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Home: Instant Landmark

Jon and Chris Baker enjoy the long-established feel of their new home in Coronado


Architect Jon Baker spends his days at a 300-person firm leading teams that create multimillion-dollar med­ical centers and other complex proj­ects. So when he had a chance to get back to the drawing board and design every detail of his own home, he seized it, rendering his wife a self-described “house plan widow.”

But before this opportunity came tragedy. The Bakers’ former house in Rancho Bernardo burned to the ground in the 2007 Witch Creek fire. The couple, daughter and family dog had only minutes to outrun a 60-foot wall of flames. They made it to safety with just a few possessions. Given the trauma, Jon and Christine Baker, a real estate agent, never considered rebuilding their cherished home in The Trails. Instead, they found a special property on Coronado, far from the wildfire danger zone.

“Everybody sees it,” says Jon of the site with a 200-foot-long curved frontage near Glorietta Bay. It seemed to demand a sprawling house of lasting distinction.

So he designed what became an instant landmark: a commanding, two-story Arts & Crafts – style home with a front porch the Bakers use often to greet their neighbors. A lovely layered garden, designed by Nowell & Associates, brims with roses and trumpet vines. An old jacaranda tree that the Bakers transplanted with care stands watch over a side yard. Constructed of redwood shingles and fire-resistant, cement-board siding that imitates clapboard, the house looks more like a lodge than the 5,800-square-foot mansion it is.

“If we had passed up this property, we would have always regretted it,” Chris says, pleased with the way the home fits into the neighborhood. Heads do turn to take in the wide, sheltering eaves, banks of windows trimmed in red and a stunning stained-glass entry ablaze with panels of stylized jacaranda blossoms, also designed by Jon. It’s a 21st-century version of one of Greene & Greene’s “ultimate bungalows.”

“There are many examples of Craftsman architecture, but Greene & Greene were the unmatched masters, in my opinion,” says Jon, referring to the firm of brothers Charles and Henry Sumner Greene, who injected an Asian influence into the popular Arts & Crafts movement a century ago. “Their work in and around Pasadena is inspirational.”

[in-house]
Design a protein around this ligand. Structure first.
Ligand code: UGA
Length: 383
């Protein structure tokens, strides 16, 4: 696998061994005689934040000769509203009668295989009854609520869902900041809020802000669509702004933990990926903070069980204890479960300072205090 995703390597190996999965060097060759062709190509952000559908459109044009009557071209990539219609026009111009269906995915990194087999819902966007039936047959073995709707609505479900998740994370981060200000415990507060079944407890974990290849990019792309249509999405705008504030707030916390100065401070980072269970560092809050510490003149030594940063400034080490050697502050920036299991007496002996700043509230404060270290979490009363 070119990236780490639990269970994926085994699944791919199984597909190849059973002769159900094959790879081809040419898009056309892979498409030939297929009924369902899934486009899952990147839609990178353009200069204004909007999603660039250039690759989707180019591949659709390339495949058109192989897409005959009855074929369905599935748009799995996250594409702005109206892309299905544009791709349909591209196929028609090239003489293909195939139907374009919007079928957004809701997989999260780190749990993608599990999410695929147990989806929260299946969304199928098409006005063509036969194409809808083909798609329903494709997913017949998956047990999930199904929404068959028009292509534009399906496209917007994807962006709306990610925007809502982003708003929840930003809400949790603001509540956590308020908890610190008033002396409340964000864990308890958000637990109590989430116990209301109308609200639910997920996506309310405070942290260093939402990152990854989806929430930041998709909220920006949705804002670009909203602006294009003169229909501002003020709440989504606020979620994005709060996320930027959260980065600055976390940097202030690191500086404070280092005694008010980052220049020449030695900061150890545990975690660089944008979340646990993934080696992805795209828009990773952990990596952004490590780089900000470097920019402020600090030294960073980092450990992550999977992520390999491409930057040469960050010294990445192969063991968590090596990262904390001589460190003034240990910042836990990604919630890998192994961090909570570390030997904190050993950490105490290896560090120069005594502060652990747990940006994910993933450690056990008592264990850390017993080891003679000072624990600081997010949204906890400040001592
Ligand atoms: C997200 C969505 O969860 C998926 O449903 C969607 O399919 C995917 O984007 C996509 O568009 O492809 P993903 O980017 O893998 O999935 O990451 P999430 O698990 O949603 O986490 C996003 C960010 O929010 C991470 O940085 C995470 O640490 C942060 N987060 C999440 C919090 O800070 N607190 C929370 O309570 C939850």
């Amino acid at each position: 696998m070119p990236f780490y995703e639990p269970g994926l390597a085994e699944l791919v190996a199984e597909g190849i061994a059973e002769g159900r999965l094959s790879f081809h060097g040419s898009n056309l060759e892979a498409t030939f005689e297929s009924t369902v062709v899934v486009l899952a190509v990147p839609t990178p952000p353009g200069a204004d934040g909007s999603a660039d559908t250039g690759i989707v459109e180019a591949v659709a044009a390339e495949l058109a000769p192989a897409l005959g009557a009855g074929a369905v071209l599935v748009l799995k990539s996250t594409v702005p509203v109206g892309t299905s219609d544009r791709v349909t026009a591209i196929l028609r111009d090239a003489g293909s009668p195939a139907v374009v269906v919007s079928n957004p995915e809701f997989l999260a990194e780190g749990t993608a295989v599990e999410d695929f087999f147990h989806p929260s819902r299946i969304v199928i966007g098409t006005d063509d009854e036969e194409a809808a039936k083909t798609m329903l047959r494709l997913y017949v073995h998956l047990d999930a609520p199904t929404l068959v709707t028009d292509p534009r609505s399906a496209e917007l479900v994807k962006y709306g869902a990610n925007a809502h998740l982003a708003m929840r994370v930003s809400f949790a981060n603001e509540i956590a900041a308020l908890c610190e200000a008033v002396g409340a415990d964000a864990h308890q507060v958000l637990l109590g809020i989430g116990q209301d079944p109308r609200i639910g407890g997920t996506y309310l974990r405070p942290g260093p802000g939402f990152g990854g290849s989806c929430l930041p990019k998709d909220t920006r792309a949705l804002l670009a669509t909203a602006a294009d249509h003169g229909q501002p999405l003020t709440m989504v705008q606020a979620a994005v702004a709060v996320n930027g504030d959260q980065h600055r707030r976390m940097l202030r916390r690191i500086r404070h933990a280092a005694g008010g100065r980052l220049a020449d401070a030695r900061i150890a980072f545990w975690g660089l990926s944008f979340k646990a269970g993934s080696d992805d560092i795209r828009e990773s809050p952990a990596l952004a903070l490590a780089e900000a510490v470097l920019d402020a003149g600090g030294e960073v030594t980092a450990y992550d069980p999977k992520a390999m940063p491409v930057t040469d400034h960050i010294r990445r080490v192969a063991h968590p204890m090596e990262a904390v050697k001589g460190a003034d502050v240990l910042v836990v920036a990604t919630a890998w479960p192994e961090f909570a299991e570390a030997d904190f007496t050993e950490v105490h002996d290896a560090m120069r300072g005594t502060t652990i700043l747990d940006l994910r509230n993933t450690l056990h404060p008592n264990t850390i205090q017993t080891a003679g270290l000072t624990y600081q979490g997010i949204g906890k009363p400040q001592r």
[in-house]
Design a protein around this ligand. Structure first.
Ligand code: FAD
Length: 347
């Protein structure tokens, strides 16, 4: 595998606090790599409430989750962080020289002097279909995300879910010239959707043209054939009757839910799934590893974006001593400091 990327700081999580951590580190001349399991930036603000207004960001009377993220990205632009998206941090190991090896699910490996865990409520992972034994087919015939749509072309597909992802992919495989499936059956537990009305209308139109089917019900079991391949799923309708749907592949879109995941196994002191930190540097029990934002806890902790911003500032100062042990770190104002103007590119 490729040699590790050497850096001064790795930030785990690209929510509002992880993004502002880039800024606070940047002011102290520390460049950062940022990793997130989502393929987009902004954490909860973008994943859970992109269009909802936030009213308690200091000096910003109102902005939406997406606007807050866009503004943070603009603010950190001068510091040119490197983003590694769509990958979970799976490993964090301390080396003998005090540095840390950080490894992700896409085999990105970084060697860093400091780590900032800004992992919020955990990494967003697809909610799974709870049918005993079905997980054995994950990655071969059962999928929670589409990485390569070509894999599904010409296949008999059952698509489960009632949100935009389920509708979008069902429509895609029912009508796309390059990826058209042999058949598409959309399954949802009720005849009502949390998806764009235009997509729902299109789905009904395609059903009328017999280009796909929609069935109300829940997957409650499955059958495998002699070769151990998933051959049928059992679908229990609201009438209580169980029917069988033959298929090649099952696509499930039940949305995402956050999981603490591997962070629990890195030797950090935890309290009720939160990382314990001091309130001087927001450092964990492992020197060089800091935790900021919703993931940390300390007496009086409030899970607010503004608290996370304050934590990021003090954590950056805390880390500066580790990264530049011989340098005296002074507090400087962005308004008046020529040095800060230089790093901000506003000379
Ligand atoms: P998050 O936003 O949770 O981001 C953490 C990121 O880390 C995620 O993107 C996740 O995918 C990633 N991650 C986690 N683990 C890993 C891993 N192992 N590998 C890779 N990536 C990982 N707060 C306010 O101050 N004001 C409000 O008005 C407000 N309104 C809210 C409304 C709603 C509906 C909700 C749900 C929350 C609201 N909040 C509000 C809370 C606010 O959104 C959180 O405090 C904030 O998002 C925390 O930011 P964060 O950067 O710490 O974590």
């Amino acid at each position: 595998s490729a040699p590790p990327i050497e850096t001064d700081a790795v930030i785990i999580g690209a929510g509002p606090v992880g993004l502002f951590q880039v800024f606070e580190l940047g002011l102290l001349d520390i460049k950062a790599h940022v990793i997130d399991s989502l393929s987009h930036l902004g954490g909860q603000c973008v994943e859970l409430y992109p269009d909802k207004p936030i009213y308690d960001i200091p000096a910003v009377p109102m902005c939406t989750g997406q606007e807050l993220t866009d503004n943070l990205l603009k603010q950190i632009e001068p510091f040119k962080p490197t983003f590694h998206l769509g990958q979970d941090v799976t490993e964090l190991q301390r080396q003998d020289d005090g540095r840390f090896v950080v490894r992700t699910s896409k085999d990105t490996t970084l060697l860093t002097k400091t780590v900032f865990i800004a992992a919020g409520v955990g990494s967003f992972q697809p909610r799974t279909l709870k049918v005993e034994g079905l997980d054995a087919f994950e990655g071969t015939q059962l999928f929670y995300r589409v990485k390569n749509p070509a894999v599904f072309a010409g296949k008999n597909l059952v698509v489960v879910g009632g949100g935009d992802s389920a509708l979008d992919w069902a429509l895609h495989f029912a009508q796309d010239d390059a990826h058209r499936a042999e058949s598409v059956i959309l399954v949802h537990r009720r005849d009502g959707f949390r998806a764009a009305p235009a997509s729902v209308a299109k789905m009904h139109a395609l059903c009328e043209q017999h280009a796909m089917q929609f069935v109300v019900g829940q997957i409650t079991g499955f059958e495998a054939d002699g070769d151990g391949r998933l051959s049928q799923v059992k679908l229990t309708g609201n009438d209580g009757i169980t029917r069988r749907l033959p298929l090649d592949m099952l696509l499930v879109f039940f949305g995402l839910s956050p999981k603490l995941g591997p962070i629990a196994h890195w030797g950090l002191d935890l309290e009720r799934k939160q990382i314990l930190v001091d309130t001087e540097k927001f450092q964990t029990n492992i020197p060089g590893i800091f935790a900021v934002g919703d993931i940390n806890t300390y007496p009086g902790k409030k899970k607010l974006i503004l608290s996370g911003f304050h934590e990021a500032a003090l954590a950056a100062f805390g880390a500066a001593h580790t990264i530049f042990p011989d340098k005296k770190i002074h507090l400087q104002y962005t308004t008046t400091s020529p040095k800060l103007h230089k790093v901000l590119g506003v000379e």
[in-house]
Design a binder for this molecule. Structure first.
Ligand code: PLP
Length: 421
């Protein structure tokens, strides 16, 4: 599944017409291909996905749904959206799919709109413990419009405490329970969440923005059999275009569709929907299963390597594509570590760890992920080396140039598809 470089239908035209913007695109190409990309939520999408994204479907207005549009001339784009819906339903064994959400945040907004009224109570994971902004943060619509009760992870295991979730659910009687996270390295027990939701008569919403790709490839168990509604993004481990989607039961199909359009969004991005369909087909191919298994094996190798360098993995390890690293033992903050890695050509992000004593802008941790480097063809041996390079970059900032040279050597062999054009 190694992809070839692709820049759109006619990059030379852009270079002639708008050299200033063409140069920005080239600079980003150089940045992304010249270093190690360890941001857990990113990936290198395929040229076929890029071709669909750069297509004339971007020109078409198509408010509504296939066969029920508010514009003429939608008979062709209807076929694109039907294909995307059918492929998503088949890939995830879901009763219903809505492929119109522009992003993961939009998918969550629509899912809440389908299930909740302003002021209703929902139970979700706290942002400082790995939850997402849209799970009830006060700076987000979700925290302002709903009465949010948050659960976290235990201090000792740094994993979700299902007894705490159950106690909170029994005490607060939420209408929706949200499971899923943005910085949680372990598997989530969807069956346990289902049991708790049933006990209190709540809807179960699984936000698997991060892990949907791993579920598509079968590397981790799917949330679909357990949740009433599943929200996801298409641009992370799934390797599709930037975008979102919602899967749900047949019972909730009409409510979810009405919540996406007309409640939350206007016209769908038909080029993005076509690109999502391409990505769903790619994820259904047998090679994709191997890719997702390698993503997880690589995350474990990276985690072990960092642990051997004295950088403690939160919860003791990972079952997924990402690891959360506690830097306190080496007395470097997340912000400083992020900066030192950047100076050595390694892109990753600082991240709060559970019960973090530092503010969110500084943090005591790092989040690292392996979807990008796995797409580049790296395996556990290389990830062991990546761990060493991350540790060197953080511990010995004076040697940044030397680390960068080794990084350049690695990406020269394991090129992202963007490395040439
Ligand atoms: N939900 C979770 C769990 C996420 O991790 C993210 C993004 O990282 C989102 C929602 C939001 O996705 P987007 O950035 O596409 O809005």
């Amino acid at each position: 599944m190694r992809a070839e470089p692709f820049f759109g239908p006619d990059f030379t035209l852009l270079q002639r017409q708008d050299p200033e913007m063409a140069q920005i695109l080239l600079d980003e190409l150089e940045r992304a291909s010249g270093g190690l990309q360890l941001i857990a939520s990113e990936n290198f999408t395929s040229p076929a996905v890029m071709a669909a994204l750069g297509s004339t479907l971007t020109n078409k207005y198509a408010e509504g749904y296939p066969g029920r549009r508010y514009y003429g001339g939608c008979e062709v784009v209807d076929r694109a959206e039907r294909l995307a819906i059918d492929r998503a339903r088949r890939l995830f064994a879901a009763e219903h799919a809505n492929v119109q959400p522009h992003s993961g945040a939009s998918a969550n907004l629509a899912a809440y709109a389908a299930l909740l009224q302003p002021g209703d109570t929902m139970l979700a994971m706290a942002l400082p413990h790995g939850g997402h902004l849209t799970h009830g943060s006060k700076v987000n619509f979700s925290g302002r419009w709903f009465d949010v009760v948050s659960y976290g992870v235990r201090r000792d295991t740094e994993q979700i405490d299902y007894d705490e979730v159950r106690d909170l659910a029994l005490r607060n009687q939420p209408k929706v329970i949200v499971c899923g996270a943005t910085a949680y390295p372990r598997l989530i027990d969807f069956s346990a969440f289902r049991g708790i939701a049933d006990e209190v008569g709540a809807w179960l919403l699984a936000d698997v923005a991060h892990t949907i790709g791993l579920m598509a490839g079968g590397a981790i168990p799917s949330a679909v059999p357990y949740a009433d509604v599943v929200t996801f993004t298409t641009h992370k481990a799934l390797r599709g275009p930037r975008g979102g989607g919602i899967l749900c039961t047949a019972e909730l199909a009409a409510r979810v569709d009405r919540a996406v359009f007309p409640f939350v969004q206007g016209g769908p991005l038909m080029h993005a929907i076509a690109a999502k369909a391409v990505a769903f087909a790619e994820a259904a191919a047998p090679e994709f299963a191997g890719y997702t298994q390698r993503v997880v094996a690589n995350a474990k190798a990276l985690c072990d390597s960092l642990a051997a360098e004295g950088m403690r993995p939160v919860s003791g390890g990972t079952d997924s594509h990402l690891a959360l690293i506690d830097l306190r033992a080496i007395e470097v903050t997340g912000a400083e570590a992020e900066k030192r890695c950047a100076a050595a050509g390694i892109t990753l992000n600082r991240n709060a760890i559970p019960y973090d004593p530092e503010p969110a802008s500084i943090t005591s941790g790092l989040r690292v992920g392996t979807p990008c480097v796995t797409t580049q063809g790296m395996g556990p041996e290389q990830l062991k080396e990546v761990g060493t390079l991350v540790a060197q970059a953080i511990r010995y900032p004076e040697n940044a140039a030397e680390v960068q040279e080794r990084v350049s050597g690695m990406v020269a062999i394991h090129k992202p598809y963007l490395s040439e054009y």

Inside, Jon’s wood detailing recalls the Greenes’ massive, stacked wood beams and trim, but with a lighter hand. To keep the interiors bright, he stayed away from the extensive wood paneling they used, except on key walls.

“I love the Arts & Crafts style. I always have,” Jon says, seated beside the fireplace in an intimate living room, one of his favorite spots. “I reacquainted myself with detailing and did a lot of research,” including revisiting Greene & Greene’s Gamble House in Pasadena with Chris. She enthusiastically recalls touring the workshops of the Old California Lantern Company in Orange, where they placed orders for their handmade copper-and-glass exterior lighting fixtures.

To accomplish quality construction in every detail, the Bakers turned to Mako Construction of Coronado. In owner Donald “Duffy” Lektorich, Jon found a kindred spirit. Not in 30 years, he says, had the accomplished architect, a partner in NTD Architecture and Fellow of the American Institute of Architects, encountered such a simpatico collaborator, perhaps because Lektorich had trained to be an architect and they speak the same language.

“If Duffy was not satisfied with the work, he’d rip it out himself,” Jon says. The first floor unfolds via a contemporary open floor plan, except for a master bedroom suite tucked away for privacy. The dining room adjoins the library, separated only by a two-sided fireplace, which was Chris’ idea. It’s one of five fireplaces Jon designed for the house, with a sixth built of stone for outdoor entertaining. The kitchen opens onto a large family room and includes windows that fold to one side to connect with the covered breakfast patio.

“Other big houses seem cavernous,” Chris notes. “We worked really hard to make rooms that are comfortable and inviting.”
A grand staircase and a wood-paneled elevator connect the two floors. Upstairs, a second master-bedroom suite and three bedroom suites are arranged around the central Man Room, as Jon calls it, where a wet bar includes a built-in coffeemaker accessible to all who sleep here. In this clubby atmosphere, Jon and company can play pool or chess in front of a raised fireplace or retire to a private balcony. “If I were going to take up smoking cigars, this is where I would do it,” he says.

Just paces away from the Man Room are a pair of French doors leading to Jon’s version of a Craftsman staple — a sleeping porch. But this is an updated version that grew into a sitting room with one open-air side overlooking Coronado Golf Course. The Bakers find themselves and their guests drawn to this room, where Chris likes to take her morning coffee and read. From a corner of this room, stairs lead to a roof deck with sweeping views from Point Loma to the San Diego – Coronado Bay Bridge to downtown San Diego.

For all its creature comforts, the house is also notable as Coronado’s first LEED-certified home, boasting eco-friendly features from tankless water heaters and a water-saving sprinkler system to energy-efficient glass and appliances to low-VOC paints and adhesives. “We do a lot of LEED projects in the [NTD] office. I wanted to show how you can integrate LEED strategies and still have a warm and inviting home,” says Jon.

“Duffy and I were talking one day,” he recalls of the early stages of this project. “We said we should create a home that looks like it’s been here 60 years, using materials from that time. Then people would start to remember this as the house they rode bikes by when they were kids.” 

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